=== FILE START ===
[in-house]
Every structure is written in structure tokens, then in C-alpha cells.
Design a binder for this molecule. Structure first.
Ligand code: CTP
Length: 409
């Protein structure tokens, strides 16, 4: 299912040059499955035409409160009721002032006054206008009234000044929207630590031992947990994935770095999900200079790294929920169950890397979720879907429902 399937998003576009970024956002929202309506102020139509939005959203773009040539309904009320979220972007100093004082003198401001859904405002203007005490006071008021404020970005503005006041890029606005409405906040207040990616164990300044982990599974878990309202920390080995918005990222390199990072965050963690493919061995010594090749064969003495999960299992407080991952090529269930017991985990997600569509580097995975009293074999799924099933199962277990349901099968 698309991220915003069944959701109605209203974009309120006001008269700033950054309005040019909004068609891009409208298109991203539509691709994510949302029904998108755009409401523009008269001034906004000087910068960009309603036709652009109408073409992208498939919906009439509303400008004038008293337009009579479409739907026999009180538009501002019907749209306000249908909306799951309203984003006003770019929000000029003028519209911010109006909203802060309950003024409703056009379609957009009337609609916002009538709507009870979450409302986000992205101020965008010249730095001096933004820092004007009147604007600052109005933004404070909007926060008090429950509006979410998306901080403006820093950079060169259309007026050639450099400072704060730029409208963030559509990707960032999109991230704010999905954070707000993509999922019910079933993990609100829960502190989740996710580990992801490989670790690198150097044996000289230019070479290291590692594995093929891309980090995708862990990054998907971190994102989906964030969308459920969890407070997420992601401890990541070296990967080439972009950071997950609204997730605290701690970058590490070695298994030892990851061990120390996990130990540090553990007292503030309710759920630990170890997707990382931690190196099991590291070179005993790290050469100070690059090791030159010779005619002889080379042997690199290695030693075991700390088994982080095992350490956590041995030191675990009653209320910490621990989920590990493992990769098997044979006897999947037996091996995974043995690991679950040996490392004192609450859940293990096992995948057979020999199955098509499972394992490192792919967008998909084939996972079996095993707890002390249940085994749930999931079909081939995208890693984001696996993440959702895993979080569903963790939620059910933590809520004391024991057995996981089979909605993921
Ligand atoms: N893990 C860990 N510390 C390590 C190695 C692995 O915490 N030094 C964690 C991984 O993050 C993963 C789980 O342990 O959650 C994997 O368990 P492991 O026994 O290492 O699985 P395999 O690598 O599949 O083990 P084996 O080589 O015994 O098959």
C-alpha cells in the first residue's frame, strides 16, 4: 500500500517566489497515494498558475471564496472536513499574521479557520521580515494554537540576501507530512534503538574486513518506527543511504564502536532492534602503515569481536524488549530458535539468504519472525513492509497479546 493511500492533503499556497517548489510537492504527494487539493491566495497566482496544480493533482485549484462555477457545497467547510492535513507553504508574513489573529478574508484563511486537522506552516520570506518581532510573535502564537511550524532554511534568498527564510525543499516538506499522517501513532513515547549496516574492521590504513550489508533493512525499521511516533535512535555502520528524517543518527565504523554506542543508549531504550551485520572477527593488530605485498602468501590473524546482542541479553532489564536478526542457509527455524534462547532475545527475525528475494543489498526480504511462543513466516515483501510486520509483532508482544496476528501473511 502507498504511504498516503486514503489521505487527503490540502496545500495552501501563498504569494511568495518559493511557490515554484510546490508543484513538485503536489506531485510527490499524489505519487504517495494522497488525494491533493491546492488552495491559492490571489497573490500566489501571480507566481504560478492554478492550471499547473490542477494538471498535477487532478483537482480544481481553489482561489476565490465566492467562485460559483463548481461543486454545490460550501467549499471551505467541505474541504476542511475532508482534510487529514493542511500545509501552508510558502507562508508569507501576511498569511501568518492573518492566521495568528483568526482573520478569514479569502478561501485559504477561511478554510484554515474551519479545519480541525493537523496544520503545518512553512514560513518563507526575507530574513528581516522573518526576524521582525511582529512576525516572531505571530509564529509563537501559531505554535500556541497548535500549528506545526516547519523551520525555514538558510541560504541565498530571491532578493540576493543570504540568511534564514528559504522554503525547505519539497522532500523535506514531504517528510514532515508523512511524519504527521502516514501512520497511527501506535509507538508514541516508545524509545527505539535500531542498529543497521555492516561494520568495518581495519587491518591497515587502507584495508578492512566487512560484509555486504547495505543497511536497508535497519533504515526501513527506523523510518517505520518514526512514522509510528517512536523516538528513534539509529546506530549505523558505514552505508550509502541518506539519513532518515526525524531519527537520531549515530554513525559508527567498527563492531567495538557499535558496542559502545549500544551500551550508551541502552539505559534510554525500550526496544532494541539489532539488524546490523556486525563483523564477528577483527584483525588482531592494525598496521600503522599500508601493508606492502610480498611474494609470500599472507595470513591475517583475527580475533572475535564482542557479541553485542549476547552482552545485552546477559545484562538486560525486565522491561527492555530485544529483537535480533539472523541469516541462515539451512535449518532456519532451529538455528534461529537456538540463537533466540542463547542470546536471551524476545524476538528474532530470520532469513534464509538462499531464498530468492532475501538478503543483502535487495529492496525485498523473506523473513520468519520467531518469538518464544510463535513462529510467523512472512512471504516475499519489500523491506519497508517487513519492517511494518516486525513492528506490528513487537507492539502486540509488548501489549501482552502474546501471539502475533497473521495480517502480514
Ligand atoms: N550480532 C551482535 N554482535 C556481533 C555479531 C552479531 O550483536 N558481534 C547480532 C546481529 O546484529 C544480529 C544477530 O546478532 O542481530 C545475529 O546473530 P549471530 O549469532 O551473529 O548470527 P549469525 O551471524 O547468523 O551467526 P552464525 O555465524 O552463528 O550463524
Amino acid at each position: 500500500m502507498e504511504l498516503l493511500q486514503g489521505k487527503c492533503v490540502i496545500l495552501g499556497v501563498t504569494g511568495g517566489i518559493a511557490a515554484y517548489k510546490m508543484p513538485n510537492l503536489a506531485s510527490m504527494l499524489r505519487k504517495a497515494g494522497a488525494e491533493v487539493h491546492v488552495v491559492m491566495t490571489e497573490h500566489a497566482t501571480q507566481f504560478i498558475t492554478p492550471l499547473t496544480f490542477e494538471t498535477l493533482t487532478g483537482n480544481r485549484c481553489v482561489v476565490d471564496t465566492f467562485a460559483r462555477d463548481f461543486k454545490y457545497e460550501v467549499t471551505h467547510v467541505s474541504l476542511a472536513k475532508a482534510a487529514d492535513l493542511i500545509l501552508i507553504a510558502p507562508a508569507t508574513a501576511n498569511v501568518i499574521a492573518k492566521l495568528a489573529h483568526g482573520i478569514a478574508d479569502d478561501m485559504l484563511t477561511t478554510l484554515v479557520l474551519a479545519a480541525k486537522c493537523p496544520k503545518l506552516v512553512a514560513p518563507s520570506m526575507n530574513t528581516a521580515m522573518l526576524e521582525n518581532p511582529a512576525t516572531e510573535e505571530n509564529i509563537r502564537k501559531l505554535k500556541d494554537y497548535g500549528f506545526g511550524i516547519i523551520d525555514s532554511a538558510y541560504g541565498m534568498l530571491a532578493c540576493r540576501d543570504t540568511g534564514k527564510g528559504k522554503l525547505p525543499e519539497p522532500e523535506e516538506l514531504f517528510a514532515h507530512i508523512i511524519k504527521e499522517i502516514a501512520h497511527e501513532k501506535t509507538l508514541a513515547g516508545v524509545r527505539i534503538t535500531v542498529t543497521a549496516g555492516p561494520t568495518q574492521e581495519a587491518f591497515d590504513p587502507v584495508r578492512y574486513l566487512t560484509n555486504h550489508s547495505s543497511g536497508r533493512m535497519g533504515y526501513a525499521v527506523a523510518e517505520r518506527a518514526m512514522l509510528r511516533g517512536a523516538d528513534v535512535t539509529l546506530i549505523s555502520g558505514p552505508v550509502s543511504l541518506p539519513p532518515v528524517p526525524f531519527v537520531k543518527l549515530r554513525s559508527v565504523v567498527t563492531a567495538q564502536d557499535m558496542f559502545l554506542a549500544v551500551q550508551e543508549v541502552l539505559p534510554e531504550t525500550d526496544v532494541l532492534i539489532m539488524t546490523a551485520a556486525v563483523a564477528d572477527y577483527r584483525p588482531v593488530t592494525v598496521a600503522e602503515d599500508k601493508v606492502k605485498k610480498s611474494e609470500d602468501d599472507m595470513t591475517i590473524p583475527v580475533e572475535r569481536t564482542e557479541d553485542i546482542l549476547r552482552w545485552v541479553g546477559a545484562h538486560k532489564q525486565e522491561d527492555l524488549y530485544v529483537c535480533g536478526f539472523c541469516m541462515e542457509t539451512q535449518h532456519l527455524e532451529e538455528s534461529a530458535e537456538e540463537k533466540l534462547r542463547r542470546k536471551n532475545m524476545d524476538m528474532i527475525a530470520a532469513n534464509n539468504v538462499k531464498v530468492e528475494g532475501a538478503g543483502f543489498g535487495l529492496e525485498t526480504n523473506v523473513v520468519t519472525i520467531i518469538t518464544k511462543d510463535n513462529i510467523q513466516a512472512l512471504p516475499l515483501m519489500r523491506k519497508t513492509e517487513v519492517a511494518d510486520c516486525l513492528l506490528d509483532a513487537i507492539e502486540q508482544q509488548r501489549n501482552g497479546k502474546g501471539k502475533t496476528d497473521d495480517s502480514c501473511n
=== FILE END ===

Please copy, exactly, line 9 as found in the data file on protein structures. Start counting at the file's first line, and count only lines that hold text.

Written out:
Ligand atoms: N550480532 C551482535 N554482535 C556481533 C555479531 C552479531 O550483536 N558481534 C547480532 C546481529 O546484529 C544480529 C544477530 O546478532 O542481530 C545475529 O546473530 P549471530 O549469532 O551473529 O548470527 P549469525 O551471524 O547468523 O551467526 P552464525 O555465524 O552463528 O550463524